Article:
Every year, the Minnesota Department of Agriculture (MDA) receives many calls about aerial applications of pesticides. In some parts of the state, aerial applications have become a controversial issue, particularly where there is residential or recreational development in agricultural areas. In some of these areas, production of crops not previously grown (potatoes, for example) has caused a dramatic increase in the number of these applications, and a corresponding increase in citizen concern. The following information addresses the most frequently asked questions and tells you where to call if you need additional help.
Yes, providing the following conditions are met:
Neither the FAA or the MDA regulates noise issues associated with aerial applications. Check with your local government to see if there are noise ordinances in your area.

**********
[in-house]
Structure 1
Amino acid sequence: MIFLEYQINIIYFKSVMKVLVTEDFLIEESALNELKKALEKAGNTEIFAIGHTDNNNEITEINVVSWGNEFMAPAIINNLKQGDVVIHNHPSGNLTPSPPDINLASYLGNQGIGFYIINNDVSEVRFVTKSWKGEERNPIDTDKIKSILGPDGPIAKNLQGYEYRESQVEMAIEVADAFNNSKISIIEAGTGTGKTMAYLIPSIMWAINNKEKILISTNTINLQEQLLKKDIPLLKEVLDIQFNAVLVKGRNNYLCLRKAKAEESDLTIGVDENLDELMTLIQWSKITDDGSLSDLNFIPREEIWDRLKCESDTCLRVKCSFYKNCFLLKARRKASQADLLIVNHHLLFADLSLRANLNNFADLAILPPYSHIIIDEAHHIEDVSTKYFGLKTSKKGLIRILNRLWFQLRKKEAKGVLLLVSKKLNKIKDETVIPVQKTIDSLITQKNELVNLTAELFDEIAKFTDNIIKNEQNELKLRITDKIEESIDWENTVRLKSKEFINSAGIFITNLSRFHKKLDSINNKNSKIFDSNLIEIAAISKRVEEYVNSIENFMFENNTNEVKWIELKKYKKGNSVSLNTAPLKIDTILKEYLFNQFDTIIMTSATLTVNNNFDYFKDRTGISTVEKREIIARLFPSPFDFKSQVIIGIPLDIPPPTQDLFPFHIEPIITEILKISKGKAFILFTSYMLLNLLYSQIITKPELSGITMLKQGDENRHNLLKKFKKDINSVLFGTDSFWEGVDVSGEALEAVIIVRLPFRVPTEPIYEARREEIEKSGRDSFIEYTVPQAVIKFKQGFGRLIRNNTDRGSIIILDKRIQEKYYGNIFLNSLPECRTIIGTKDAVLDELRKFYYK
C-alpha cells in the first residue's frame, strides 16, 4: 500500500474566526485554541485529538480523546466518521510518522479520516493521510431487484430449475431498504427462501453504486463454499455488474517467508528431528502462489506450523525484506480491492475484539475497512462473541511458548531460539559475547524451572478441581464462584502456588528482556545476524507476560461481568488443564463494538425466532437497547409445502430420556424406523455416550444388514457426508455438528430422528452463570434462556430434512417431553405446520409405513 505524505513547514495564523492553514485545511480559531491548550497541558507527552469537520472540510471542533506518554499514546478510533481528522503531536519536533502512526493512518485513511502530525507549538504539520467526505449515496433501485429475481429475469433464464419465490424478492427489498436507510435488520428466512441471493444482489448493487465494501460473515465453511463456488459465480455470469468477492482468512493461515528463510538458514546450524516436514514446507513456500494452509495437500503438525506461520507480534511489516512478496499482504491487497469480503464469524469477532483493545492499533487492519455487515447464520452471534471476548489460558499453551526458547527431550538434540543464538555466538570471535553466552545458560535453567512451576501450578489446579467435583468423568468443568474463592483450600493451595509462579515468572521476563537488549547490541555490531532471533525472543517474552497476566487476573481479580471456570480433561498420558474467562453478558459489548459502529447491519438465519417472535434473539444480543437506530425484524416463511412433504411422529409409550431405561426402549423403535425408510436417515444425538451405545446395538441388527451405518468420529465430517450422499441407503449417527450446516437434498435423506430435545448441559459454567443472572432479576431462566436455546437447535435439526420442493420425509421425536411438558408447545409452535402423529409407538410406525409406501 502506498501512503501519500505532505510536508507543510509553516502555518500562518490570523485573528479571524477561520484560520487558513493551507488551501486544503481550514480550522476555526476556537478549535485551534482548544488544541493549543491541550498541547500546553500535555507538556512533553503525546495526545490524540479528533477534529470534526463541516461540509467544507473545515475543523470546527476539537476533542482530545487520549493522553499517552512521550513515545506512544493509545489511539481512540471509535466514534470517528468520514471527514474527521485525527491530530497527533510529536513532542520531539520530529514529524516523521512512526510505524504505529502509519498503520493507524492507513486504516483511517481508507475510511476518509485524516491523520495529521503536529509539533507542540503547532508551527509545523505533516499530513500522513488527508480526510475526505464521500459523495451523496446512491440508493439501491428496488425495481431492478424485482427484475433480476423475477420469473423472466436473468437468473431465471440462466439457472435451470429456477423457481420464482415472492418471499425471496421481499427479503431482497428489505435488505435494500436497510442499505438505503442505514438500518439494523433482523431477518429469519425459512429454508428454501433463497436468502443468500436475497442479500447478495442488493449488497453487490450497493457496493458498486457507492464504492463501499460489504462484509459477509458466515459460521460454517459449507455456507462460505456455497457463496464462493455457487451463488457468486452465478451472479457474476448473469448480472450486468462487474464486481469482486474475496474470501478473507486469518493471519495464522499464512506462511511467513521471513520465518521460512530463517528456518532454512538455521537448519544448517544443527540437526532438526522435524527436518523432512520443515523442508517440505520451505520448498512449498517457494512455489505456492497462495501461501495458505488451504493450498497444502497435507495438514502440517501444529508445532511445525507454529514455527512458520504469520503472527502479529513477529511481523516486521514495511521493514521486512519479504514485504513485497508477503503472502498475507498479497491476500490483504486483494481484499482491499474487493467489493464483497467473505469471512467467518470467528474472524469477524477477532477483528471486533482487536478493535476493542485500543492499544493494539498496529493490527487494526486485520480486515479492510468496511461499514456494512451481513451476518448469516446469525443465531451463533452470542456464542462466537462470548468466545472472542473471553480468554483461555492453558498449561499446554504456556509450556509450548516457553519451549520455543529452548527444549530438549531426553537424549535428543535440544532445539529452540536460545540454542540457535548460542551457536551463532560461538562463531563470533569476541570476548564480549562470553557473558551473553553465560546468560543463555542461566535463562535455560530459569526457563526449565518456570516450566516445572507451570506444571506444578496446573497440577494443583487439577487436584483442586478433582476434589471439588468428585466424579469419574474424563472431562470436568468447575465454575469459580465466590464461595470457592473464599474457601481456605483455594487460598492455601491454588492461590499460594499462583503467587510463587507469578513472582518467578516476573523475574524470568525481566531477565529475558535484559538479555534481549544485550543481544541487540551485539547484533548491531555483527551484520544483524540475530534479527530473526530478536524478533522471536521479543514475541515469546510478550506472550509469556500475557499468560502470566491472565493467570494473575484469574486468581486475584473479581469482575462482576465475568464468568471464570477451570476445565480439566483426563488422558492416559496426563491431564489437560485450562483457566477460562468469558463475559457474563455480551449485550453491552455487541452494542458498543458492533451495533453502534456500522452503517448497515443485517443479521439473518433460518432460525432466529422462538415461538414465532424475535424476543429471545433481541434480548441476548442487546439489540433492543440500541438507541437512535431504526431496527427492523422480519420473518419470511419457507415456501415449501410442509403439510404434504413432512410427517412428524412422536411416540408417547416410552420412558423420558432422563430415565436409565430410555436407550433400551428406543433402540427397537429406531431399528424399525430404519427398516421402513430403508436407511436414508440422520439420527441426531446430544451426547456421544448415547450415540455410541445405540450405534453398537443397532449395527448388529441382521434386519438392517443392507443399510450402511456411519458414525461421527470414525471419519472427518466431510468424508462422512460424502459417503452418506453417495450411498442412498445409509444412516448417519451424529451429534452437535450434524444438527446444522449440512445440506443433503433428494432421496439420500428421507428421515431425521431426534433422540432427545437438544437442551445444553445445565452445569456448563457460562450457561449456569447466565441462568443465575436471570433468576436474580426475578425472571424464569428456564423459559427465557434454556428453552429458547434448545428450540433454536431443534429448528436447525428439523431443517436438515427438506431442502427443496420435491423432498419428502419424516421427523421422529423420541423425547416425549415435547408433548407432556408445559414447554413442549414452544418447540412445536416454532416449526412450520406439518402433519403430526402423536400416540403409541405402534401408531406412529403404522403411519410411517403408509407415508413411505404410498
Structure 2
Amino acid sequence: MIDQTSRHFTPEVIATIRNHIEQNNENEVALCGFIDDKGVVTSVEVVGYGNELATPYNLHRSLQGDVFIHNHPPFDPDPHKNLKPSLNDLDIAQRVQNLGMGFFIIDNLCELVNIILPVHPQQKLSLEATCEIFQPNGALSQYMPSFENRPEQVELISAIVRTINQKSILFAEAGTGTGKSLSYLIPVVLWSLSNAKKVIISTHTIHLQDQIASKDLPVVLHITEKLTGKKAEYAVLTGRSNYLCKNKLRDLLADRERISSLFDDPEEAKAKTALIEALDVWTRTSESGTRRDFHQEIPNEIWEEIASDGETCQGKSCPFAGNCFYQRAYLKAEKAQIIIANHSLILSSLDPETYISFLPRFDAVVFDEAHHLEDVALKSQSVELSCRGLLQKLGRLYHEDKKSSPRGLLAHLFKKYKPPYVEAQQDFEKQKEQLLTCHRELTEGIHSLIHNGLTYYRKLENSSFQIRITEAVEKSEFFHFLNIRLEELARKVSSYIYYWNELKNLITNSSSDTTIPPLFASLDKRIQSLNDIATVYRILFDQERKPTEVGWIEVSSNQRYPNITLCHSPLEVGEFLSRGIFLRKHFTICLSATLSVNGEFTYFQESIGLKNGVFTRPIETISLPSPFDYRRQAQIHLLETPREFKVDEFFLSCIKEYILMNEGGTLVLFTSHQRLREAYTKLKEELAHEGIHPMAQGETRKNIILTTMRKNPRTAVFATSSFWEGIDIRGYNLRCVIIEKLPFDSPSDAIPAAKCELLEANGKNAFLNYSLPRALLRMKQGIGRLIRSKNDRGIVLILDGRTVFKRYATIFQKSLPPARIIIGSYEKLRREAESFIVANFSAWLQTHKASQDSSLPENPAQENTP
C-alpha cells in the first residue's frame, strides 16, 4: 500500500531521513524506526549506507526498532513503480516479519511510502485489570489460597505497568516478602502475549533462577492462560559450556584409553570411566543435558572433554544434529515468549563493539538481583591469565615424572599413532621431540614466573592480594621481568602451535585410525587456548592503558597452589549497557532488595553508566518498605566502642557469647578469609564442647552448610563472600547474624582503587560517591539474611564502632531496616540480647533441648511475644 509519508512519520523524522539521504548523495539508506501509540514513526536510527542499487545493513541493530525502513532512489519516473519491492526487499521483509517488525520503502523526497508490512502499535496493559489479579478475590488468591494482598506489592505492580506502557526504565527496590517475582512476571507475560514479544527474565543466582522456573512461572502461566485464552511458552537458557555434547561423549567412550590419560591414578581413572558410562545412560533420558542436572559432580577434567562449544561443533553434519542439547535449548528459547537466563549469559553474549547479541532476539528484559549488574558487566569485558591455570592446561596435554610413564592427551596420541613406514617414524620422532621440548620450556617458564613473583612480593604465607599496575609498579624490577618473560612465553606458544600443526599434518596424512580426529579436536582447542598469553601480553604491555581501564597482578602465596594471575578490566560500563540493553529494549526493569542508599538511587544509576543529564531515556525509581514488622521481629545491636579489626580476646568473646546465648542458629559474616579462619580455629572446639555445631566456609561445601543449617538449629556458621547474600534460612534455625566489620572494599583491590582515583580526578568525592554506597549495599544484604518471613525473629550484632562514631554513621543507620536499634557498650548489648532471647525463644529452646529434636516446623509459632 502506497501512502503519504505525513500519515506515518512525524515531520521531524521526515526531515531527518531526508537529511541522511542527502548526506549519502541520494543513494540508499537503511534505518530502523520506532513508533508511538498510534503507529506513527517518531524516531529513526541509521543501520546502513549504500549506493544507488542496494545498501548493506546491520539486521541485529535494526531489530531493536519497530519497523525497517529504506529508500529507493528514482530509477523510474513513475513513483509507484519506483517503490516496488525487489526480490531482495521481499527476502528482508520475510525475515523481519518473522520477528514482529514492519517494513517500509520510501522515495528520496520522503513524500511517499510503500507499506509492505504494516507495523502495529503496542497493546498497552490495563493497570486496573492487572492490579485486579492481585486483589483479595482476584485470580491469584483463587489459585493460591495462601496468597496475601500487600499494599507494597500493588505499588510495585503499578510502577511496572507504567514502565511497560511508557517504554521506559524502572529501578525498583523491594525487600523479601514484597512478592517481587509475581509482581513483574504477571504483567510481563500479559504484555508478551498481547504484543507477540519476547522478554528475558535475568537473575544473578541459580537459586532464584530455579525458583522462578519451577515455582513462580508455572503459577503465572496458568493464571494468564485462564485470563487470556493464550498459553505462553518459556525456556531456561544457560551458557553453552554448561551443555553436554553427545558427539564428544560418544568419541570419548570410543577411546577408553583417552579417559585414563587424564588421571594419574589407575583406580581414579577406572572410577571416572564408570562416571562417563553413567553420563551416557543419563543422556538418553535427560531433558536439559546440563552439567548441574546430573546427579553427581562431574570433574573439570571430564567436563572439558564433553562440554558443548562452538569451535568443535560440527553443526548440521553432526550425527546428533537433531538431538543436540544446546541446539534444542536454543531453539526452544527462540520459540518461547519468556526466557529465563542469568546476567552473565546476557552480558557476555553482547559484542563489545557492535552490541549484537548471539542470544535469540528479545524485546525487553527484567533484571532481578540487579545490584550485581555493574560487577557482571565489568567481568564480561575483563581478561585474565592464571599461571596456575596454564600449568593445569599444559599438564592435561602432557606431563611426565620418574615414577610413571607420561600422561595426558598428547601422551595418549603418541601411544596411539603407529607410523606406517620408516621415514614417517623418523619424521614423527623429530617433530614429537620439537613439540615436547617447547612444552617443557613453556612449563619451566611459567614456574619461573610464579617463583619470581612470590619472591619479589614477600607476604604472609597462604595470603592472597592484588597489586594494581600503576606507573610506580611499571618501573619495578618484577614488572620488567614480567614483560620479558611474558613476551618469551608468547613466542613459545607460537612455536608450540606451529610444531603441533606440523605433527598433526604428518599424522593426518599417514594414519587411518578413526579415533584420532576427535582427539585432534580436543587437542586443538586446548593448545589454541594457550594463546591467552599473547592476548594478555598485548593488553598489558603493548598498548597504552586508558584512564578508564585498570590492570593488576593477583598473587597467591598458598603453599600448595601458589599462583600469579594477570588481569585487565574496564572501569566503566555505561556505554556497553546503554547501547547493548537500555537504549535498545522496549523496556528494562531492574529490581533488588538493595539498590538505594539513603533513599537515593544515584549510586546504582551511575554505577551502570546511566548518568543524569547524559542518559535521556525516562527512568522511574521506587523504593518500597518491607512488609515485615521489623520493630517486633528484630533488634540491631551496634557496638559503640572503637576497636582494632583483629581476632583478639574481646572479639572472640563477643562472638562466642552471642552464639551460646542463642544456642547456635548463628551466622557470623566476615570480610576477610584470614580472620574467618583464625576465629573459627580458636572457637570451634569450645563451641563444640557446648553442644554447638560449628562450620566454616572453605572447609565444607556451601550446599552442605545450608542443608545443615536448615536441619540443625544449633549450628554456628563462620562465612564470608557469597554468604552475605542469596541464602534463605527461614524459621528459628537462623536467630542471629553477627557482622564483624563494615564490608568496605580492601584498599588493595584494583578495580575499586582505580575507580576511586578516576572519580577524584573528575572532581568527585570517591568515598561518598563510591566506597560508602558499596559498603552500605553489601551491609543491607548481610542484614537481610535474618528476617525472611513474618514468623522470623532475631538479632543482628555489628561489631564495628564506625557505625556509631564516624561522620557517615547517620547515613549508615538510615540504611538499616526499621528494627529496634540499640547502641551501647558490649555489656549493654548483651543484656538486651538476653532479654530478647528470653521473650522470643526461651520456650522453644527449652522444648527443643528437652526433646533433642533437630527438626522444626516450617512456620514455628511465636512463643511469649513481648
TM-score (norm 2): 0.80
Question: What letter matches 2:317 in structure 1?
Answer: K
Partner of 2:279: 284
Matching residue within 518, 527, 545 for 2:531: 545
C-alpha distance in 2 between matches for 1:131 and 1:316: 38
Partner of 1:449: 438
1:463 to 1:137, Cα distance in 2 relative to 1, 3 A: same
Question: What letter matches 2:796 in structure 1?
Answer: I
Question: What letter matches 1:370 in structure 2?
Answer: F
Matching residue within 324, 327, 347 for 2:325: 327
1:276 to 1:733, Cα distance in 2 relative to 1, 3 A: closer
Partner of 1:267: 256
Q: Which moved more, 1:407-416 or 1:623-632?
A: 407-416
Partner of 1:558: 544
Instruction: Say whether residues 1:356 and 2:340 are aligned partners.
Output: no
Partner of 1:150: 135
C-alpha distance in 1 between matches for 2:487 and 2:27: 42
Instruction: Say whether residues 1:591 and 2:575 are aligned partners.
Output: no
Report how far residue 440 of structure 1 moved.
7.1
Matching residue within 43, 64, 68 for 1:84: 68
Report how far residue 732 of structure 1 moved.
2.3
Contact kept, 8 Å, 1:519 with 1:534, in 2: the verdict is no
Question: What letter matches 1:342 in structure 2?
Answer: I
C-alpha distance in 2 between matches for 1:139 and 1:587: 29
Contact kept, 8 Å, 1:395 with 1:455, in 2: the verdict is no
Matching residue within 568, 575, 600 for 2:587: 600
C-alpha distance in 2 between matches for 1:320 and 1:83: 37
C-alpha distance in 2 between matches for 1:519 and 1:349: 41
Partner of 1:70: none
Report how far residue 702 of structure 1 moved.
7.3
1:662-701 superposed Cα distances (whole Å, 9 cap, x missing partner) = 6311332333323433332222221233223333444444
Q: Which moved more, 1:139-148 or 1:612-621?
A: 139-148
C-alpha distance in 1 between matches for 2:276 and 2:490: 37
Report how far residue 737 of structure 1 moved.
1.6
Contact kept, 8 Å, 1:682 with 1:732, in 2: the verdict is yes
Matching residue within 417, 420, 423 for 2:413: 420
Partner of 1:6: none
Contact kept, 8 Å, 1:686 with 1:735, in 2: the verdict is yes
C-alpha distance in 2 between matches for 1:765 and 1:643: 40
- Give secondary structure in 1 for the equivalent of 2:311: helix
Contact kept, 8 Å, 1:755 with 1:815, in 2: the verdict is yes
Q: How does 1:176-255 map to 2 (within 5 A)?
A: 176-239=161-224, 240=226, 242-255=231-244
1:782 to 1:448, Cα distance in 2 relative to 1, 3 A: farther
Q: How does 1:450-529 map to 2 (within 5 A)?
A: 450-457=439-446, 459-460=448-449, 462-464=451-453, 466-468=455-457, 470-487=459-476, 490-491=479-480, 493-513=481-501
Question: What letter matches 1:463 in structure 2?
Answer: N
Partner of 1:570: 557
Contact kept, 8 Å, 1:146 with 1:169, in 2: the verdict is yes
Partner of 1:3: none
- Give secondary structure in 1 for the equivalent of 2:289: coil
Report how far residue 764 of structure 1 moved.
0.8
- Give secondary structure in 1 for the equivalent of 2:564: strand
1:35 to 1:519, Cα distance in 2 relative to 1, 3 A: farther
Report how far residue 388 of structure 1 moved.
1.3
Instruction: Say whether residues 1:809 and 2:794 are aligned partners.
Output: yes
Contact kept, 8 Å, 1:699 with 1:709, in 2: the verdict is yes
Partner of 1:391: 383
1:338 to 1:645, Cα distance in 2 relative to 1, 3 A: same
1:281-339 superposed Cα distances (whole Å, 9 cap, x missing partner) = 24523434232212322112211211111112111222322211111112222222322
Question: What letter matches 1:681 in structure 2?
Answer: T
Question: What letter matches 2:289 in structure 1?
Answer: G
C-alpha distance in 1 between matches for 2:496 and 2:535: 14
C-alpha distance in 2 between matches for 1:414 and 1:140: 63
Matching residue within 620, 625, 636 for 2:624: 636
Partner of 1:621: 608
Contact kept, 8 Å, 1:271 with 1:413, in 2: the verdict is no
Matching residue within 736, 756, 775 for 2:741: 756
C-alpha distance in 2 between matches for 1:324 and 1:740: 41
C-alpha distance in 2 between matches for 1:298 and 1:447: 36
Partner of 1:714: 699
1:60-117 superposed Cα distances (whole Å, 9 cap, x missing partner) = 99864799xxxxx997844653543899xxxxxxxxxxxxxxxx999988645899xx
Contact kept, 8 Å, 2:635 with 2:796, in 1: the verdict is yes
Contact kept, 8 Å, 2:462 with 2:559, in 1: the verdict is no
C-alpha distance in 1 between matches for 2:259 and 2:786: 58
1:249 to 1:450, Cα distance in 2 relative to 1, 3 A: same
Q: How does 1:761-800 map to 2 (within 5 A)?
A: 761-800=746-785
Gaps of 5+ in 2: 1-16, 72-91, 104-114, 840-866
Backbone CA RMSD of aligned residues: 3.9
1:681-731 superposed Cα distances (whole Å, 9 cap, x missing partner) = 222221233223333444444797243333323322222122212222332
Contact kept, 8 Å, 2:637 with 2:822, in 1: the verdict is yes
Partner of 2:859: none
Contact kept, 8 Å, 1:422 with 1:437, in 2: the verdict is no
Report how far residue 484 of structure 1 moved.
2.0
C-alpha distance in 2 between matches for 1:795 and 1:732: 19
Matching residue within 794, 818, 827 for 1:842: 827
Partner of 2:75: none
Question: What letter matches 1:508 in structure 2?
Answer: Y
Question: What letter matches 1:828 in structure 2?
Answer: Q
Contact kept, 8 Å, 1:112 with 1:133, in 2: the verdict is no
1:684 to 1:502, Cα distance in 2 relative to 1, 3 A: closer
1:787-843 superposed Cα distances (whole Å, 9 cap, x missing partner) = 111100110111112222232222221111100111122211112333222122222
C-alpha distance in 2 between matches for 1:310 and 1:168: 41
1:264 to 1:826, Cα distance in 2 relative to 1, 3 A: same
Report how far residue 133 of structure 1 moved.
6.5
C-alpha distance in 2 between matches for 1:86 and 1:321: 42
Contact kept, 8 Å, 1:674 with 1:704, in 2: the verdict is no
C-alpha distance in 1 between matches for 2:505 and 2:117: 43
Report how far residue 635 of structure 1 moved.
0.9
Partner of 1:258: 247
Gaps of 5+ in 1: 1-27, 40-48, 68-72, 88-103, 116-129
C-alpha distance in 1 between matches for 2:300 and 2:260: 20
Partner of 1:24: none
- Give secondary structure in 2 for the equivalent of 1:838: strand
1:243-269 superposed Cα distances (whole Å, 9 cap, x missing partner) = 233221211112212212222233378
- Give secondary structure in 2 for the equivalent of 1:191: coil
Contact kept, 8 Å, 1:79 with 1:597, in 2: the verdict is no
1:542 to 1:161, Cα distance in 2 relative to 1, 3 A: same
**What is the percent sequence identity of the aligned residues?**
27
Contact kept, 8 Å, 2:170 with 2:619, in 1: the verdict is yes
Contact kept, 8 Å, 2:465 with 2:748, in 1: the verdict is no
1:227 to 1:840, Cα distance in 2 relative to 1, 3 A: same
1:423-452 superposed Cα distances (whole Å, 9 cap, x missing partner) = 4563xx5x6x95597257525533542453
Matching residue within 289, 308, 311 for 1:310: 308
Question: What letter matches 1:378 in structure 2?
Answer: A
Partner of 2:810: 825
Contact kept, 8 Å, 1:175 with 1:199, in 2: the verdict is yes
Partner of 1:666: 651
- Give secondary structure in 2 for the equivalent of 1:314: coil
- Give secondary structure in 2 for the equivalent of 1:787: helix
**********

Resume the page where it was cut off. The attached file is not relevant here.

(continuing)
Yes. FAA regulations allow aerial applicators to fly low while they are actually spraying, and during approaches, departures, and turn-arounds, provided they do not create a hazard to persons or property. Low flying over application sites is actually desirable, because it greatly reduces the chance the spray will move off-target.
FAA regulations allow low flying over congested areas, but prior written approval must be obtained from the local governing body, and prior notice given to the public. This type of activity is usually associated with mosquito control.
If you are concerned about the unsafe operation of an aircraft, you should contact the FAA at 612-713-4211. Provide the exact date, time, and location of the incident, as well as the “N” number on the tail of the aircraft, if possible. This information is needed to identify the pilot. If you believe you or your property were exposed to drift from an aerial application, you should contact the Minnesota Duty Officer at 1-800-422-0798. Again, be prepared to provide the date, time, and location of the incident, as well as the “N” number on the tail of the aircraft, if possible.
Pesticide & Fertilizer Management Division